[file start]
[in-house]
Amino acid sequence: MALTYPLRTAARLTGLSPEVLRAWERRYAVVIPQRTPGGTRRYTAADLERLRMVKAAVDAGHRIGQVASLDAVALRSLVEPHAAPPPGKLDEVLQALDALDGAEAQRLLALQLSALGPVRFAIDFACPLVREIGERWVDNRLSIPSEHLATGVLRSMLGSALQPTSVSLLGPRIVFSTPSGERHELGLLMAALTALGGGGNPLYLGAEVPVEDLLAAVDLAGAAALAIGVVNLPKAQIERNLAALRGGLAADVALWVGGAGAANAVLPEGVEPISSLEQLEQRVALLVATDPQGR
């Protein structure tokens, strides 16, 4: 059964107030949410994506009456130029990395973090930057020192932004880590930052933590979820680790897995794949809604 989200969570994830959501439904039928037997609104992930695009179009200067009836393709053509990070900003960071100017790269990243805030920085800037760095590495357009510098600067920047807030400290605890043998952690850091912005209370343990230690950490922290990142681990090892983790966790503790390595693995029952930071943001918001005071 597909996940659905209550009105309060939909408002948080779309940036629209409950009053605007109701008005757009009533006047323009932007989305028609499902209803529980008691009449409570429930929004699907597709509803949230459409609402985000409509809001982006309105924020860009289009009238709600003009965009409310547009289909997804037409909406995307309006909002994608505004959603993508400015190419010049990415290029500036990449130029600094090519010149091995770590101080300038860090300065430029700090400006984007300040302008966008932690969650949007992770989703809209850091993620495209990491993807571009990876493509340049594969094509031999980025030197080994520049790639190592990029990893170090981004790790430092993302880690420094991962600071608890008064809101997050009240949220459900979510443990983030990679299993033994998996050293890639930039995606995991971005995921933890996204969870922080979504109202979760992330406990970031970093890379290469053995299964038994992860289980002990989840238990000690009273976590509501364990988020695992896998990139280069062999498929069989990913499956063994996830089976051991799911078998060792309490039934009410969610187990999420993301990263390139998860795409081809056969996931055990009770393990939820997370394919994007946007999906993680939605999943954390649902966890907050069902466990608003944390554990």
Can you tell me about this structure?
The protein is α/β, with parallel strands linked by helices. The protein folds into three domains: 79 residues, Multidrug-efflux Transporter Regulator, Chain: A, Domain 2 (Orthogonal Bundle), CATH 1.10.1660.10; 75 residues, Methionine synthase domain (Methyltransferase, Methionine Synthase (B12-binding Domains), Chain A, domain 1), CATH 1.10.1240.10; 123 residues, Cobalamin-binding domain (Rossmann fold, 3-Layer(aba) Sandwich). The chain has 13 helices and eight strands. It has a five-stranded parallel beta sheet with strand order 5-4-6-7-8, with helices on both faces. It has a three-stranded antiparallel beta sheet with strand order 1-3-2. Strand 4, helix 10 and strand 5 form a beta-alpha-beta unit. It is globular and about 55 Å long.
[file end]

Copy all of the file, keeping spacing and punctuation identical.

[in-house]
Amino acid sequence: MALTYPLRTAARLTGLSPEVLRAWERRYAVVIPQRTPGGTRRYTAADLERLRMVKAAVDAGHRIGQVASLDAVALRSLVEPHAAPPPGKLDEVLQALDALDGAEAQRLLALQLSALGPVRFAIDFACPLVREIGERWVDNRLSIPSEHLATGVLRSMLGSALQPTSVSLLGPRIVFSTPSGERHELGLLMAALTALGGGGNPLYLGAEVPVEDLLAAVDLAGAAALAIGVVNLPKAQIERNLAALRGGLAADVALWVGGAGAANAVLPEGVEPISSLEQLEQRVALLVATDPQGR
């Protein structure tokens, strides 16, 4: 059964107030949410994506009456130029990395973090930057020192932004880590930052933590979820680790897995794949809604 989200969570994830959501439904039928037997609104992930695009179009200067009836393709053509990070900003960071100017790269990243805030920085800037760095590495357009510098600067920047807030400290605890043998952690850091912005209370343990230690950490922290990142681990090892983790966790503790390595693995029952930071943001918001005071 597909996940659905209550009105309060939909408002948080779309940036629209409950009053605007109701008005757009009533006047323009932007989305028609499902209803529980008691009449409570429930929004699907597709509803949230459409609402985000409509809001982006309105924020860009289009009238709600003009965009409310547009289909997804037409909406995307309006909002994608505004959603993508400015190419010049990415290029500036990449130029600094090519010149091995770590101080300038860090300065430029700090400006984007300040302008966008932690969650949007992770989703809209850091993620495209990491993807571009990876493509340049594969094509031999980025030197080994520049790639190592990029990893170090981004790790430092993302880690420094991962600071608890008064809101997050009240949220459900979510443990983030990679299993033994998996050293890639930039995606995991971005995921933890996204969870922080979504109202979760992330406990970031970093890379290469053995299964038994992860289980002990989840238990000690009273976590509501364990988020695992896998990139280069062999498929069989990913499956063994996830089976051991799911078998060792309490039934009410969610187990999420993301990263390139998860795409081809056969996931055990009770393990939820997370394919994007946007999906993680939605999943954390649902966890907050069902466990608003944390554990």
Can you tell me about this structure?
The protein is α/β, with parallel strands linked by helices. The protein folds into three domains: 79 residues, Multidrug-efflux Transporter Regulator, Chain: A, Domain 2 (Orthogonal Bundle), CATH 1.10.1660.10; 75 residues, Methionine synthase domain (Methyltransferase, Methionine Synthase (B12-binding Domains), Chain A, domain 1), CATH 1.10.1240.10; 123 residues, Cobalamin-binding domain (Rossmann fold, 3-Layer(aba) Sandwich). The chain has 13 helices and eight strands. It has a five-stranded parallel beta sheet with strand order 5-4-6-7-8, with helices on both faces. It has a three-stranded antiparallel beta sheet with strand order 1-3-2. Strand 4, helix 10 and strand 5 form a beta-alpha-beta unit. It is globular and about 55 Å long.